The U.S. is (like it or not) a large country with low fuel prices, where its inhabitants have traditionally had the desire and ability to have larger vehicles than many places elsewhere.

    Although I do not advocate artificially jacking up fuel prices, this would at least have the benefit of making consumers desire what the policymakers want to see in the auto market.

    As it is, CAFE has pitted consumers against auto makers. The results are all around us. Consumers want big and powerful, the government wants small and efficient, and forces the manufacturers to offer the latter, even when there is no demand. How many crappy cars and parts have we endured because someone needed to engineer some more weight out of the car to eke out another 1/100th of a mpg for the tests?

    Another round of CAFE hikes will give us a replay of the early 80s. Rabbits, Citations, Horizons, how much repair money did these cars cost their owners in exchange for some added gas mileage? Those of us old enough to have lived it the first time have no desire to go through this again.

    • 0 avatar
      Educator(of teachers)Dan

      +1 I would desire an open roomy car like the GM A-bodys again but I would not wish the Iron Duke or crap-tastic early 2.8 60 degree V6 on any of my worst enemies.

    • 0 avatar
      Les

      A key reason I think why we have such crap regulation (in all aspects of American life, not just the automotive industry) is, unfortunately, the love affair much of America has politically with the ‘slippery slope’ argument. For example, on the one hand you have people who have no love for automobiles proposing we do something about the nasty stuff coming out of tail-pipes, on the other you have people who say, “No! You can have my Four-Barrel Carburetors and Dual-Exhausts when you pry them from my Cold Dead Hands!” because obviously writing laws to control smog is just hop, skip and a jump from writing laws banning cars.

      And on the Third hand, you have people living in large cities who are kinda attached to this new thing the kids are doing called Breathing, and because the anti side is all ‘my way or the highway’ the pro side wins by default and we so we all get stuck with shoddy performance and lazy throttle-response instead of finding a healthy compromise.

    • 0 avatar
      nuvista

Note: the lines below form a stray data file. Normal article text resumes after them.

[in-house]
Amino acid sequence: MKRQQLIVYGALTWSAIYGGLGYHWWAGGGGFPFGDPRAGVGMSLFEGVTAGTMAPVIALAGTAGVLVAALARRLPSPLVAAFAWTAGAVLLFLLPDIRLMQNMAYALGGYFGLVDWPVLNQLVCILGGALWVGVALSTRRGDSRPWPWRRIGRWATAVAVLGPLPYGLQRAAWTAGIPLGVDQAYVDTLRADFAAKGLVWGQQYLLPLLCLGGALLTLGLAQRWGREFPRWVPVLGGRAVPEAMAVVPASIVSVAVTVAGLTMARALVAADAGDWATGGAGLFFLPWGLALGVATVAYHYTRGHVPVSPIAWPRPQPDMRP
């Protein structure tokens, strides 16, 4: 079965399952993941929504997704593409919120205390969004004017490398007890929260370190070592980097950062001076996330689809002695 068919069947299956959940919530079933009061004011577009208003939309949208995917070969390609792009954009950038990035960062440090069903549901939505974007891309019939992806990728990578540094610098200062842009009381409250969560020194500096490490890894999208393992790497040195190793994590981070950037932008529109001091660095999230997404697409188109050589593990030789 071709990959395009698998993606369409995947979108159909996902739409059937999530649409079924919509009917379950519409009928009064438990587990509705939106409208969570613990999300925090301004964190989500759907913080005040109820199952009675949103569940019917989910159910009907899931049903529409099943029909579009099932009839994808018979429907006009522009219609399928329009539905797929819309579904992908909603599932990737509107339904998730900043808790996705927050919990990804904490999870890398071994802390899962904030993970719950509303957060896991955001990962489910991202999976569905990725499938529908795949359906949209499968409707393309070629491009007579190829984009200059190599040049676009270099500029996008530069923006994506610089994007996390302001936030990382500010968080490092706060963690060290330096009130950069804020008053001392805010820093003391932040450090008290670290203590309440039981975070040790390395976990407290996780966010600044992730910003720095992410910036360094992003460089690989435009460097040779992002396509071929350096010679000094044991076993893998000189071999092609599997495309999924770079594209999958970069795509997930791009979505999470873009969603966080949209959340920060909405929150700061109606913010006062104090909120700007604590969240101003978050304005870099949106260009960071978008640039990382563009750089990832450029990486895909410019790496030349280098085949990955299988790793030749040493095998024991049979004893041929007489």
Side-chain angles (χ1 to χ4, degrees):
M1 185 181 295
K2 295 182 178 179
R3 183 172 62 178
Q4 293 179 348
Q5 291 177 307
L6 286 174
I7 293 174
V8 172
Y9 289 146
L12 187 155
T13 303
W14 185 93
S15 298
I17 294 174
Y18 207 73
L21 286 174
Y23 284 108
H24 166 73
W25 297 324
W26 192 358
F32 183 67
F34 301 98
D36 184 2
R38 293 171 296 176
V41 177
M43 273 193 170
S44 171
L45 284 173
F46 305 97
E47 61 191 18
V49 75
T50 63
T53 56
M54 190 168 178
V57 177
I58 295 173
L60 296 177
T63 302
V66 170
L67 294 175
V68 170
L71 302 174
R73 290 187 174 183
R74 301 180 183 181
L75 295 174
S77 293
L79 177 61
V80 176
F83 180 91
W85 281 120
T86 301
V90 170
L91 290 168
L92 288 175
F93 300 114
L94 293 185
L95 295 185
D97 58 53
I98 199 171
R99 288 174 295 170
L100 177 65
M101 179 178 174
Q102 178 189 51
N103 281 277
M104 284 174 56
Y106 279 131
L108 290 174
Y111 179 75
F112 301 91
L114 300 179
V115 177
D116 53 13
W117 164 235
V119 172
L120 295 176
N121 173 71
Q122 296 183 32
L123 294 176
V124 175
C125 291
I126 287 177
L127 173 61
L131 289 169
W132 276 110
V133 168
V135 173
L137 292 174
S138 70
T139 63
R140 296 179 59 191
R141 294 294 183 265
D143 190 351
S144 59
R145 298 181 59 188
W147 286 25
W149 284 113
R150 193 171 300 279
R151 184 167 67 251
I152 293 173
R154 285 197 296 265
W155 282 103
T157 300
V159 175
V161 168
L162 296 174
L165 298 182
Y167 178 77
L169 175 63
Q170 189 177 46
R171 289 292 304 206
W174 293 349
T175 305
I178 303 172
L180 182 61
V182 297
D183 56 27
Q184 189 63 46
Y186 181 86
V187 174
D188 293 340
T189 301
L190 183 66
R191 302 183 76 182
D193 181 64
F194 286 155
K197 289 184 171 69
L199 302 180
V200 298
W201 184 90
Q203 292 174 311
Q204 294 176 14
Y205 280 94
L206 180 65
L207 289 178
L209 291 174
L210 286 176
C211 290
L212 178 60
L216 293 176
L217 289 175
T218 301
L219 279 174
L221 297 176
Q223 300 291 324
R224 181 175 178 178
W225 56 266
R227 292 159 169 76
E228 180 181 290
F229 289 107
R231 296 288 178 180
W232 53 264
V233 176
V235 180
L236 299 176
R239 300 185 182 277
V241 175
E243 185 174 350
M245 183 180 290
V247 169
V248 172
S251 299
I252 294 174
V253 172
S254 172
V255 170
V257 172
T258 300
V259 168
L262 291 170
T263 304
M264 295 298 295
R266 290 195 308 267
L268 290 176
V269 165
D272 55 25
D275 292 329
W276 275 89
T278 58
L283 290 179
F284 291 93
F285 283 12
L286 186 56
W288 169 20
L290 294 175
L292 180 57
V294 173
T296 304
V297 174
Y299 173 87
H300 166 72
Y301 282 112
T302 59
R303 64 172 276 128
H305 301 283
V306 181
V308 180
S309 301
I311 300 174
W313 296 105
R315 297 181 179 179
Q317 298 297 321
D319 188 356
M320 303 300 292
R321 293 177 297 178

Another round of CAFE hikes will give us a replay of the early 80s.

      Circumstances were dramatically different back then. Almost no attention had been paid to fuel economy before, so there was very little off-the-shelf technology to deploy to meet the standards, which had been rushed into effect in the face of a crisis.

      The domestic manufacturers therefore had to rely mainly on simple downsizing, but there were problems with that too. They had limited experience with smaller cars and engines. Engineering good small cars is not simply a matter of shrinking the land yachts that were the mainstay of the domestic manufacturers at the time.

      Ford and GM had extensive experience with small cars and engines in their European divisions, but those divisions operated in separate silos from U.S domestic operations. There was little cross-pollination.

      I suspect there was also an attitude among the leaders that CAFE was just a temporary response to a crisis, which merited no long-term changes to their way of doing business. The companies reverted to their old ways once the crisis passed, and the CAFE standards stagnated for over two decades at levels that the domestic manufacturers had achieved from as early as 1988.

  • avatar
    fred schumacher

    Consumers should have representation in the decision making process; however, consumers have shown themselves to underestimate long term cost over short term gain. They’re not infallible; neither is the market, which makes mistakes all the time and finds itself needing to readjust. It’s a feedback loop.

    The primary role of the CAFE standards is to put everyone on a level playing field, or American manufacturers will once again find themselves unprepared, as they were in the 1970s, when fuel cost and availability suddenly change.

    Mining is a one-time harvest. The world is littered with abandoned mining towns. Fossil fuels are limited in availability. They are finite. It’s better to prepare ahead, than to ignore reality, continuing to behave in customary ways. Without CAFE, manufacturers are at greater risk of misreading the market and jumping in too soon or too late, too little or too much, and being temporarily trounced by their competitors for their mistake, in the short run while being right in the long run.

    Manufacturers now seem to understand this dynamic. I hear very little complaints coming from them. I think they now realize that CAFE is acting like an insurance policy to protect them from themselves.

  • avatar
    Mullholland

    Ease of parking? There are 12 attributes in the survey that Anwyl presented, nowhere do I see, “ease of parking”. I’m more likely to believe in the relevance of his data than your personal observations.